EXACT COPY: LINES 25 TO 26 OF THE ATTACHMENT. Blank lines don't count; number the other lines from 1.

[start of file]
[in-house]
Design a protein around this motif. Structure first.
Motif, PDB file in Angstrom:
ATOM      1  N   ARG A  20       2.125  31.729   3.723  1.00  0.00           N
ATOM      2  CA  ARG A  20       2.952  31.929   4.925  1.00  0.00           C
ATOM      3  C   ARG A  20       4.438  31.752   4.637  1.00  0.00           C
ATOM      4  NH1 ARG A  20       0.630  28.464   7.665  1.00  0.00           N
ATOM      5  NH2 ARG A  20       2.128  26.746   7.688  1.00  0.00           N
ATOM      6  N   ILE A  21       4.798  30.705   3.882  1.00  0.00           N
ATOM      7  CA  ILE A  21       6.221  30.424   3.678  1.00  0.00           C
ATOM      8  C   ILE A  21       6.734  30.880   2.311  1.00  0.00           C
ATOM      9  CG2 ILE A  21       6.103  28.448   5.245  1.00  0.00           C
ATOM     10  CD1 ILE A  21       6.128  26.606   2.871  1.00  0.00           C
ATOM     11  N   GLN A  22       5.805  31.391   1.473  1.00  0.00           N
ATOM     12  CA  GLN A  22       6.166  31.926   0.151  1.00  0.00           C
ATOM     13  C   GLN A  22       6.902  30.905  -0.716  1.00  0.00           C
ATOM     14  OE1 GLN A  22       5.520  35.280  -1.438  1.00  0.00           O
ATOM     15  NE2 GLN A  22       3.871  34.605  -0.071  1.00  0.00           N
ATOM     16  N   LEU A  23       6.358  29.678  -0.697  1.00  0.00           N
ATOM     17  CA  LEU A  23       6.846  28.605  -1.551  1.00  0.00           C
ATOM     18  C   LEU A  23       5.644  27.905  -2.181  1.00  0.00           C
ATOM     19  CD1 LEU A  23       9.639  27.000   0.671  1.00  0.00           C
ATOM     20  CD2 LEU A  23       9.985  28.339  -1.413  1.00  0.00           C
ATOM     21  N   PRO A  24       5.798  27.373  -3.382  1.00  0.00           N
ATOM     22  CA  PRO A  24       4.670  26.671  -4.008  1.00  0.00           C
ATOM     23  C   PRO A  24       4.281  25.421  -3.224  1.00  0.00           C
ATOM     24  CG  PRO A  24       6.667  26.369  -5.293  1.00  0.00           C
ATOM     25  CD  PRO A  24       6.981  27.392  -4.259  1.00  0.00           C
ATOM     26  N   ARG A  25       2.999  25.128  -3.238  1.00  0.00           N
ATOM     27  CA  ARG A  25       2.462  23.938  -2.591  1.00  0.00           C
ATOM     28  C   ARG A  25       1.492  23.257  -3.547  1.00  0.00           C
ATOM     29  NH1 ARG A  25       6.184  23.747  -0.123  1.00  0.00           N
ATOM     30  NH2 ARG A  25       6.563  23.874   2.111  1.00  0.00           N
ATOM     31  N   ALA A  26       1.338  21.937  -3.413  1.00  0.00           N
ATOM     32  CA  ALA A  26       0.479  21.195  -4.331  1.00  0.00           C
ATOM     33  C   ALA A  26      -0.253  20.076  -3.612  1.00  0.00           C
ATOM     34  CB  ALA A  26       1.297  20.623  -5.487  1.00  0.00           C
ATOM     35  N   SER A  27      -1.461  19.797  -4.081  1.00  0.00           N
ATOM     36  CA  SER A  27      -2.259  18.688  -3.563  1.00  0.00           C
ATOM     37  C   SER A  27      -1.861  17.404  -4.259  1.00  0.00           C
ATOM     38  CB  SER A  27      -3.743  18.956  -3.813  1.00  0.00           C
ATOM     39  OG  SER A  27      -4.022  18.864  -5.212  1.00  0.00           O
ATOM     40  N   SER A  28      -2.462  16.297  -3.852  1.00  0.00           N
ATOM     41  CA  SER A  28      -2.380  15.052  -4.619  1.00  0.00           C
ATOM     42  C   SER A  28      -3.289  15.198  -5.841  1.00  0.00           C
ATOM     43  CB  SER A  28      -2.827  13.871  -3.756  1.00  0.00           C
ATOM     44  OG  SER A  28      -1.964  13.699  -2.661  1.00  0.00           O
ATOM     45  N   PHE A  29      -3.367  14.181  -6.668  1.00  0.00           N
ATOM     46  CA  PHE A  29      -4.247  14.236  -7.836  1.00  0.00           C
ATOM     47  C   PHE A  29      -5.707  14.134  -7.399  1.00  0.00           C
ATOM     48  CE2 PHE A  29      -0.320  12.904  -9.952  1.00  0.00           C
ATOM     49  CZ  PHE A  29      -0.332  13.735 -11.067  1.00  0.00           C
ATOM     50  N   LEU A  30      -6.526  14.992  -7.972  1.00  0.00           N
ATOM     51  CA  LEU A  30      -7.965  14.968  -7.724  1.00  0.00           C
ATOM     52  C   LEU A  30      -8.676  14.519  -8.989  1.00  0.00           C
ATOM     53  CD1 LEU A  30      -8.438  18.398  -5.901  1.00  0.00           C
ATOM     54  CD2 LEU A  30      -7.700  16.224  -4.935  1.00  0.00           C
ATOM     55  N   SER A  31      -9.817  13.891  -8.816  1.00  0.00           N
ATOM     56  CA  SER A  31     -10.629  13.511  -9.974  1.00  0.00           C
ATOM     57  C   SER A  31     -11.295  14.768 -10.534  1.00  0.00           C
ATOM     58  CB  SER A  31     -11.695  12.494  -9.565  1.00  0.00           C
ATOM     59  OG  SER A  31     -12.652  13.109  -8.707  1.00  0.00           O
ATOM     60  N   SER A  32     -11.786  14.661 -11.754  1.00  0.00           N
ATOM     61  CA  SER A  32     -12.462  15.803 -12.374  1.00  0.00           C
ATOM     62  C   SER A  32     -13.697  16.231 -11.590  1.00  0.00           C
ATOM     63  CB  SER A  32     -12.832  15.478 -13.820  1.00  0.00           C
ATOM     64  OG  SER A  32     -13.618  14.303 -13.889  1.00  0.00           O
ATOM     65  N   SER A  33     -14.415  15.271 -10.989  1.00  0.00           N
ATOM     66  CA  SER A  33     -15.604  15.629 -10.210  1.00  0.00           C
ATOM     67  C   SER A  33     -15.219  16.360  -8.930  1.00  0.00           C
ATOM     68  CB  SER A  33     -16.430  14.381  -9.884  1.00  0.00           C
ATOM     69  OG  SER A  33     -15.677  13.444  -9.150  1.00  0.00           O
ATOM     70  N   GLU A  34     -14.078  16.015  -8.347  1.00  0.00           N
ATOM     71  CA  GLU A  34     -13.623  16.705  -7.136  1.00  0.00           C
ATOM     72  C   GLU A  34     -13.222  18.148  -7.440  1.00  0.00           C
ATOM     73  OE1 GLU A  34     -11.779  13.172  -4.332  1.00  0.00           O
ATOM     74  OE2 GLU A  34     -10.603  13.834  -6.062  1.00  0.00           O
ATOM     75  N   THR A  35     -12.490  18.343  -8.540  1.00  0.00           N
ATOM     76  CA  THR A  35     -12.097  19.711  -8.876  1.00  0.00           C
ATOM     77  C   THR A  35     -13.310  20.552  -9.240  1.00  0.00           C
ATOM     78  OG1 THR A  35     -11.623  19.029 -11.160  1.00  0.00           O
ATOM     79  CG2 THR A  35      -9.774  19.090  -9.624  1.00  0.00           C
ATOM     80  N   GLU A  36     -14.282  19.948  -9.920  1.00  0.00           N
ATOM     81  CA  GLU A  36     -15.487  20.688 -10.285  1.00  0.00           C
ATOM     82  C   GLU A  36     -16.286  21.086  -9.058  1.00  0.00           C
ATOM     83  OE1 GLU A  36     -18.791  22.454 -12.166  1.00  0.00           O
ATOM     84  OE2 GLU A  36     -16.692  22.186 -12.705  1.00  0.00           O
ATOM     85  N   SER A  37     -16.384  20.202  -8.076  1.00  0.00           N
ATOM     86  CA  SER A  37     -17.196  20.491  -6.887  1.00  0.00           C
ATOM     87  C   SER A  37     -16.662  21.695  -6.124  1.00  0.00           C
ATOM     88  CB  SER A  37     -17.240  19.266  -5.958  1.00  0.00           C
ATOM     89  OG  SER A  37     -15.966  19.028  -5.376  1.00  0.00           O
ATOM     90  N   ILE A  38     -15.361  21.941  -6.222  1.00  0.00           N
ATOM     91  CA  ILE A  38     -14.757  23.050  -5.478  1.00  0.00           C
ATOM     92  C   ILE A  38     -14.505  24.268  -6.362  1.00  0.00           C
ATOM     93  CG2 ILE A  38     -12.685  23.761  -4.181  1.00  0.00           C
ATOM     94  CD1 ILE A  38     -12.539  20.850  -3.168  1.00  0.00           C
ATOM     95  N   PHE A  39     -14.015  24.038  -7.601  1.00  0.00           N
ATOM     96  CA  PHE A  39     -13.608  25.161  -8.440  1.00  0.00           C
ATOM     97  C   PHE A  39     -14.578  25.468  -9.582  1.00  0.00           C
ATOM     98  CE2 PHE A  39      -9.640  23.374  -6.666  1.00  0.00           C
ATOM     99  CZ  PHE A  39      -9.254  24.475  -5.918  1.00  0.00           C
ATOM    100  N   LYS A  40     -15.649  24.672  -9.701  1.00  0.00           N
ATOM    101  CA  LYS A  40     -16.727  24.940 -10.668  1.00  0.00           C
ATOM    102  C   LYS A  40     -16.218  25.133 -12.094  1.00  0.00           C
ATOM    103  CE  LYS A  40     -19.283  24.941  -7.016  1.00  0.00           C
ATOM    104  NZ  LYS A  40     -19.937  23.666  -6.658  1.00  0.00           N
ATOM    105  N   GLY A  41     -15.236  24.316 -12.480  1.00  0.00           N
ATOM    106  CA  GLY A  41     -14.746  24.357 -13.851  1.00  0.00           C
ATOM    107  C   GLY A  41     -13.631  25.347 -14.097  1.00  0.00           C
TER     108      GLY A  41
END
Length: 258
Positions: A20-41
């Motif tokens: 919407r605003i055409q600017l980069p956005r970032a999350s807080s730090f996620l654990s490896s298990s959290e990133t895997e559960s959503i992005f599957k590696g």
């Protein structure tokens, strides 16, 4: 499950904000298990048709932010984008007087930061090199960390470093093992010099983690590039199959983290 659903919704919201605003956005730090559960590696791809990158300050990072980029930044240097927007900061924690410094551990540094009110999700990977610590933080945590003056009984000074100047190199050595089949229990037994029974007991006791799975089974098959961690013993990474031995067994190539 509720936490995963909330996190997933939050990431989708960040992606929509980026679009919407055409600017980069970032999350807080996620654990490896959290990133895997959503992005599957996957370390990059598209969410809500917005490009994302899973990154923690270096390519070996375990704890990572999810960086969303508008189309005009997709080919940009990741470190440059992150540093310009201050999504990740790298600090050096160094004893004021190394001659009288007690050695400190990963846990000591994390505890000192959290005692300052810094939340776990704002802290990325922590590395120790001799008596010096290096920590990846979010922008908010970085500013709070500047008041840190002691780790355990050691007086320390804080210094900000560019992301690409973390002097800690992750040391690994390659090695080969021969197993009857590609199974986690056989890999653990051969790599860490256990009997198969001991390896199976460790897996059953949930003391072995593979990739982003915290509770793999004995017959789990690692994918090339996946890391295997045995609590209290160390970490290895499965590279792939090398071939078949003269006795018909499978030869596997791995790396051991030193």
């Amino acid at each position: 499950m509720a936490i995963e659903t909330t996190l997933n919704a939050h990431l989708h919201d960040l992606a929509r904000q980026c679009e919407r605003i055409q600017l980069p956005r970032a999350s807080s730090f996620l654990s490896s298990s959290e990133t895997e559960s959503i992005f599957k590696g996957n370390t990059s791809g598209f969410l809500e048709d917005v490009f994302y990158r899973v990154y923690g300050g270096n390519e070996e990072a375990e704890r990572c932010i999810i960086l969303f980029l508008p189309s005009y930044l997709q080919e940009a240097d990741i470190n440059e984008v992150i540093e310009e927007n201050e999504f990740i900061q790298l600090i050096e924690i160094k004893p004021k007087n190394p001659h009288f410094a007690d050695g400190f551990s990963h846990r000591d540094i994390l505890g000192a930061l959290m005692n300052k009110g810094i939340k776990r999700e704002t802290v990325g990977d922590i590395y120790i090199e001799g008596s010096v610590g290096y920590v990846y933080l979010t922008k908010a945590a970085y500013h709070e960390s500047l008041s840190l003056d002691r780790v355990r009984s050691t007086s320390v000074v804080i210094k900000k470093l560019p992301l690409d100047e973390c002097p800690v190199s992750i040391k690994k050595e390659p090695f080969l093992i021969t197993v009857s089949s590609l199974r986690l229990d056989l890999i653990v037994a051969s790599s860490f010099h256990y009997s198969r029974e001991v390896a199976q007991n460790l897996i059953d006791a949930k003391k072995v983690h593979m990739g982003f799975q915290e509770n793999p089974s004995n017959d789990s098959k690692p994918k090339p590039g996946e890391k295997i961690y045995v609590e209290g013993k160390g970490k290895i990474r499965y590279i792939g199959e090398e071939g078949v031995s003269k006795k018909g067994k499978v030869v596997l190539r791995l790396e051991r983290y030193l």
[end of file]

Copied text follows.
ATOM     22  CA  PRO A  24       4.670  26.671  -4.008  1.00  0.00           C
ATOM     23  C   PRO A  24       4.281  25.421  -3.224  1.00  0.00           C